Bruce Griffiths was born in Ballarat on 13 October 1938 and died on 15 October 2004, only a few weeks after being diagnosed with a brain tumour.
A son of the late “W R” Griffiths, obstetrician and gynaecologist and former President of Ballarat Base Hospital, Bruce followed in his father’s footsteps.
After graduating from the University of Melbourne in 1963, Bruce spent a year as a Resident Medical Officer at Launceston General Hospital in Tasmania. This, together with being born into a rural medical family, convinced him that eventually his career lay outside the capital cities. He left Australia for 4 years to train in the United Kingdom, and became a Fellow of the Royal College of Surgeons of Edinburgh in 1968. He then returned to Launceston for a year before moving to Ballarat, where he practised for more than 20 years.
Bruce was a true generalist, holding appointments as a general surgeon at Ballarat Base Hospital and The Queen Elizabeth Centre, while at the same time practising as a general practitioner in the Ballarat Group Practice.
He played a significant role in the Professional Staff Group of the Base Hospital. In particular, he was the Group’s chairman in the late 1980s during the planning of the new ward and operating theatre block. Few staff, patients and visitors who walk through the wonderful building today know that they do so only because of the earlier vision and perseverance of people such as Bruce.
Bruce resigned from the Ballarat Base Hospital in 1992, but continued to devote his life to the care of rural Australians. After leaving Ballarat, he practised in Derby (WA) and Maryborough (QLD), before joining an Aboriginal health centre in Kempsey (NSW). He was still working at the centre just 5 weeks before his death.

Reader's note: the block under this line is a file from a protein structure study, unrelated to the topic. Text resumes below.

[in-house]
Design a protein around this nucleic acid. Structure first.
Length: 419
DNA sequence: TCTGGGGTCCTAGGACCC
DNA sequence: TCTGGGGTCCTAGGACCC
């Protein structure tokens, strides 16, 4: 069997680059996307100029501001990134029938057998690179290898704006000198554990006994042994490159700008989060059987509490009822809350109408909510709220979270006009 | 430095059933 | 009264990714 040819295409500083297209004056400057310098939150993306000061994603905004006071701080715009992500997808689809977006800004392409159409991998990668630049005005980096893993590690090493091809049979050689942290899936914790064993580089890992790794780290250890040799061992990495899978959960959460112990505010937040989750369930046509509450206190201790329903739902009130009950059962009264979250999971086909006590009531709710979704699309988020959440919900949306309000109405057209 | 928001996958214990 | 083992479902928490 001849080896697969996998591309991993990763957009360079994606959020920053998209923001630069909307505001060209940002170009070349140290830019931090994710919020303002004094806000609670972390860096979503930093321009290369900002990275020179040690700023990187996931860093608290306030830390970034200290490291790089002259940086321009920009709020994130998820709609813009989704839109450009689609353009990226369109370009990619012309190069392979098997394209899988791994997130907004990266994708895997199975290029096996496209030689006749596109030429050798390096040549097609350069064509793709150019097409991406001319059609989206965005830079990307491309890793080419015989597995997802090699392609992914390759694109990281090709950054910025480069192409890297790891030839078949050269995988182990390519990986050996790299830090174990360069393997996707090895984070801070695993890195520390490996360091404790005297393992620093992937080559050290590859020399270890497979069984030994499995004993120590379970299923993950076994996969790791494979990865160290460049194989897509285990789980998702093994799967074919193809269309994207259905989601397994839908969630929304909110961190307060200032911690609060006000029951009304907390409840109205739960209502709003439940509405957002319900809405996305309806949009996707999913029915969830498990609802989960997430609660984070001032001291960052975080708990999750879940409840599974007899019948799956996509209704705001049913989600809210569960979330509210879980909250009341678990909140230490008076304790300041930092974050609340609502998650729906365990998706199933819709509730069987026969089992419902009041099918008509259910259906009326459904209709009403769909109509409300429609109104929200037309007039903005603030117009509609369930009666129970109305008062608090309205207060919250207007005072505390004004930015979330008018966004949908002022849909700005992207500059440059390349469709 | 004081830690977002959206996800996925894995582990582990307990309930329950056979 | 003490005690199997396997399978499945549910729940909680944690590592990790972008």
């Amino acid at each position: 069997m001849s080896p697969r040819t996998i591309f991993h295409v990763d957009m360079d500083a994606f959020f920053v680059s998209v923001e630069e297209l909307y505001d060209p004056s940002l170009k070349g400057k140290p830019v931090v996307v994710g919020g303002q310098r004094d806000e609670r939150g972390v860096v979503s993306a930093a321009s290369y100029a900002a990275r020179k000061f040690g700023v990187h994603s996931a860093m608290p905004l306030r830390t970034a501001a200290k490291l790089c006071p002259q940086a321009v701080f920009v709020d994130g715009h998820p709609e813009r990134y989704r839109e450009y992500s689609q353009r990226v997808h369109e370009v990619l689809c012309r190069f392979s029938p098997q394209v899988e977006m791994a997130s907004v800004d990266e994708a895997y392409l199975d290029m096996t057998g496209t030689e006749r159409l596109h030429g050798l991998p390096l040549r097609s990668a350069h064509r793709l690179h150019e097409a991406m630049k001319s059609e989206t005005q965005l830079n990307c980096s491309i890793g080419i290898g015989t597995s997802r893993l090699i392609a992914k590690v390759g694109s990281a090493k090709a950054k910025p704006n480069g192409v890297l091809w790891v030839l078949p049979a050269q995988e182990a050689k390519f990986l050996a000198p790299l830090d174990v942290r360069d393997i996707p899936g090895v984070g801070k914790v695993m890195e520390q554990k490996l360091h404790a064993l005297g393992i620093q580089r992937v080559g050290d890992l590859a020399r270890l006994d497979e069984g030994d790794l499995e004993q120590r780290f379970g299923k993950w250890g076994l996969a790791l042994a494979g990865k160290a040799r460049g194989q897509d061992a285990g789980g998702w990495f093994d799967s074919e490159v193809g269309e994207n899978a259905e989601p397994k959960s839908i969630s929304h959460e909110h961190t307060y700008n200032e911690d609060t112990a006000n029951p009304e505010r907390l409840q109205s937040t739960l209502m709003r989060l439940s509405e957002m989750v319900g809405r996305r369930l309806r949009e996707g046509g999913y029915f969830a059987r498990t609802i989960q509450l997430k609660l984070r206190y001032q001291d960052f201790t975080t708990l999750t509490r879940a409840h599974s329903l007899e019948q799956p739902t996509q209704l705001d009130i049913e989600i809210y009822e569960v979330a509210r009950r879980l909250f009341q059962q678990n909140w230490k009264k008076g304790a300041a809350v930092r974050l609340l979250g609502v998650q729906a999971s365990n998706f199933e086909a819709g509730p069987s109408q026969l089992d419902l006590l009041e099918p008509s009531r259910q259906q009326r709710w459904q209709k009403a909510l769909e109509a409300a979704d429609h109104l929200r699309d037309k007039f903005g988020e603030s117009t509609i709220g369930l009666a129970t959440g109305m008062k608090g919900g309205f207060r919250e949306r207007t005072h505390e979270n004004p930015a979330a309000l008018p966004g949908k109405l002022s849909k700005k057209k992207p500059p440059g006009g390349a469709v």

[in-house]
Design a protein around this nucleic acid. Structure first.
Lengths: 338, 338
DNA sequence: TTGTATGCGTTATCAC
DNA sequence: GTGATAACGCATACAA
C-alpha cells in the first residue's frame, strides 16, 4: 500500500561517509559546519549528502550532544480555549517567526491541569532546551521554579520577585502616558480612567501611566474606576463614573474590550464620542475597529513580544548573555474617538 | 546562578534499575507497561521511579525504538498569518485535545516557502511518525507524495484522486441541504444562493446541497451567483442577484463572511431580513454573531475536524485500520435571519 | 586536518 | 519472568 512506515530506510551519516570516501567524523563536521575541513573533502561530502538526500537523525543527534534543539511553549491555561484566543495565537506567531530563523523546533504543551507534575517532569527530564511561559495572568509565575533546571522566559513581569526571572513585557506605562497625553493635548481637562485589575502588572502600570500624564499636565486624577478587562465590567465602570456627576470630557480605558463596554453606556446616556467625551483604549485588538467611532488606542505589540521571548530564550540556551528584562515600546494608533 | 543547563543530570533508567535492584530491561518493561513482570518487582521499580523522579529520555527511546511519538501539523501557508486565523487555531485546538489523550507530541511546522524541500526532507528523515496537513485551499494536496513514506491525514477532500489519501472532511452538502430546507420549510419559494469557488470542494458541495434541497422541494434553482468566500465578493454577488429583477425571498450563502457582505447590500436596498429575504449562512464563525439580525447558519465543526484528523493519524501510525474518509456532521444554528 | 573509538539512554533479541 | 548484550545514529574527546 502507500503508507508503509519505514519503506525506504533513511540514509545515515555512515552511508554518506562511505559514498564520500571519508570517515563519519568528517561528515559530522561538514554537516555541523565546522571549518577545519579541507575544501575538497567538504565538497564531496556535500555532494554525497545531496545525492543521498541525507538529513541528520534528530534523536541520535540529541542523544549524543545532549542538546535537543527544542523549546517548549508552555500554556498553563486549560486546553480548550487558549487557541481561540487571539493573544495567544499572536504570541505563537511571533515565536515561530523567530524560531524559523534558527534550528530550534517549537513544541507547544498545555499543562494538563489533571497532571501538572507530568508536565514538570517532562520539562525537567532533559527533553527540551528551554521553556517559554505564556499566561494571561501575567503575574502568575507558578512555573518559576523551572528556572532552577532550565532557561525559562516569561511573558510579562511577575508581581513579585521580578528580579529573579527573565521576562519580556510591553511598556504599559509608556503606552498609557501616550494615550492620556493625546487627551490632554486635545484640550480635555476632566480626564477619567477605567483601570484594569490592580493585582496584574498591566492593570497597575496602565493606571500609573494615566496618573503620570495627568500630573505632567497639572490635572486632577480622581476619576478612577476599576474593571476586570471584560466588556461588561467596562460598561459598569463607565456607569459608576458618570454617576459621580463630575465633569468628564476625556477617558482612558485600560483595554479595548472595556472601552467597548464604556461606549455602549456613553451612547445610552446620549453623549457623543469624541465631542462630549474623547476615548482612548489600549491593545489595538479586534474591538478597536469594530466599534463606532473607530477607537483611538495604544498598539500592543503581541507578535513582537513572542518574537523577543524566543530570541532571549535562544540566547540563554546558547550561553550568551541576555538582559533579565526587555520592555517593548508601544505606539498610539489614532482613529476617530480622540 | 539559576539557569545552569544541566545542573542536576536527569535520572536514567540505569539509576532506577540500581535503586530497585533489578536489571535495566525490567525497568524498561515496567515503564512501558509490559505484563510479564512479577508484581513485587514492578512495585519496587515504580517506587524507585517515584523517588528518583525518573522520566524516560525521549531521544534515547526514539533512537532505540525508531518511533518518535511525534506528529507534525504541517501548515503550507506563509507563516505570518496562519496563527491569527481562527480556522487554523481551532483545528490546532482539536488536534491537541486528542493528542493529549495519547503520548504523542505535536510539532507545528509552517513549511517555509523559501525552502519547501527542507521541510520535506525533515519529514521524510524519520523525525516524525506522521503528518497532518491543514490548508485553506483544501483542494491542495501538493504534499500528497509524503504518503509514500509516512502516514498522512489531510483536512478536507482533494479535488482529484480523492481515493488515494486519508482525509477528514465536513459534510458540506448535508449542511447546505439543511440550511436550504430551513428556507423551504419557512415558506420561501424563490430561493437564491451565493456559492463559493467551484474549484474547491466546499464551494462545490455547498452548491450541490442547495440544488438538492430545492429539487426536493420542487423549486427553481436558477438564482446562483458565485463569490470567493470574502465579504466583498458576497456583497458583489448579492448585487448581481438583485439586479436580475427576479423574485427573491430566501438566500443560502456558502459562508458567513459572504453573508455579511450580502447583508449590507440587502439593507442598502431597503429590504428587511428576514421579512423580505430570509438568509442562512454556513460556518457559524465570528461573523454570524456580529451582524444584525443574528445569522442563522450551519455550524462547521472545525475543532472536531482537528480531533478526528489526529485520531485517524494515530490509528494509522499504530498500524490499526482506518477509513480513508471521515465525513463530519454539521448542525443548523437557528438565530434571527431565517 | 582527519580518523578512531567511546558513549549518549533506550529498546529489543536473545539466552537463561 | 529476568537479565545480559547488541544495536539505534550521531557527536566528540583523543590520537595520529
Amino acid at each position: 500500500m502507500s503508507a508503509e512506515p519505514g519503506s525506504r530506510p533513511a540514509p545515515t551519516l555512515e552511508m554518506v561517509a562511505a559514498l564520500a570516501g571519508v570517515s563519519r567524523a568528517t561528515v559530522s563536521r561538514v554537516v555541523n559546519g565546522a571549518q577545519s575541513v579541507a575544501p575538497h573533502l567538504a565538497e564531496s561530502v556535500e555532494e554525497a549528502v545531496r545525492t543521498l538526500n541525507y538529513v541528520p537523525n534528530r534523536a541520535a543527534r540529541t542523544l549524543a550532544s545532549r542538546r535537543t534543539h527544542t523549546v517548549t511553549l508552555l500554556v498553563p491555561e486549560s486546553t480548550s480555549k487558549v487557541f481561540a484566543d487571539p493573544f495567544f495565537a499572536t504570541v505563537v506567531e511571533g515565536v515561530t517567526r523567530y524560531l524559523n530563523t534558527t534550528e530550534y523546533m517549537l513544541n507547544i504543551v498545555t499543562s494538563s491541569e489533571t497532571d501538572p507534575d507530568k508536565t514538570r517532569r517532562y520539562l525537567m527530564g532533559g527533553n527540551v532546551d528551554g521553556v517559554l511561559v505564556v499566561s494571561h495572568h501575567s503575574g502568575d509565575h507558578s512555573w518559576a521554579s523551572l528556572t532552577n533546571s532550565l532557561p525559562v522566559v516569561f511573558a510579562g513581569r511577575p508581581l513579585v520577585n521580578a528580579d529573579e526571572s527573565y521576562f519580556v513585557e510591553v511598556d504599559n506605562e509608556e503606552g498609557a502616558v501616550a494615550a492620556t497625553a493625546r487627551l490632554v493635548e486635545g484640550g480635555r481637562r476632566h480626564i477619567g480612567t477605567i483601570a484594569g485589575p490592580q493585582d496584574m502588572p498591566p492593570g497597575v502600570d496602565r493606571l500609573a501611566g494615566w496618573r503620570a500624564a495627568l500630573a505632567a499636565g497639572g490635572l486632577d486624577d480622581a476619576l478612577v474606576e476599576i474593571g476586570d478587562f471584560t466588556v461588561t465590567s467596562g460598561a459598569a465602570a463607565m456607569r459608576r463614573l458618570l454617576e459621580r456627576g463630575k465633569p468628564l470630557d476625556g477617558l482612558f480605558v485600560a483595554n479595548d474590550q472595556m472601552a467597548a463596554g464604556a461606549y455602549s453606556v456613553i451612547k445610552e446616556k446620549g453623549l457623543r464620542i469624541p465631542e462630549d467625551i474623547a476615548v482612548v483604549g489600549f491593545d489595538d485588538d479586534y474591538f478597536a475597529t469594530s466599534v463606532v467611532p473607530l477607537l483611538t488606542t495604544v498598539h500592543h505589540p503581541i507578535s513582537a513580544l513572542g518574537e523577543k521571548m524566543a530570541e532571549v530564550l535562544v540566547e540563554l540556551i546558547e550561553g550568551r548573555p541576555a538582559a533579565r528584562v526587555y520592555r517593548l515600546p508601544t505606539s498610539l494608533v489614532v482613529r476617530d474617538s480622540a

When Bruce left Ballarat, the Director of Medical Services wrote at the time that Bruce was owed a debt for the work he did at the Base Hospital over many years. Perhaps it was in part repayment of the debt that, on learning of his illness, friends travelled from Ballarat to his home in NSW to say farewell.
Bruce is remembered as a man of few words, but his opinions were always considered and truly held. He loved music, was devoted to his family, and was a familiar figure walking his labrador dogs around Lake Wendouree.
Hedley G Peach
Publication of your online response is subject to the Medical Journal of Australia's editorial discretion. You will be notified by email within five working days should your response be accepted.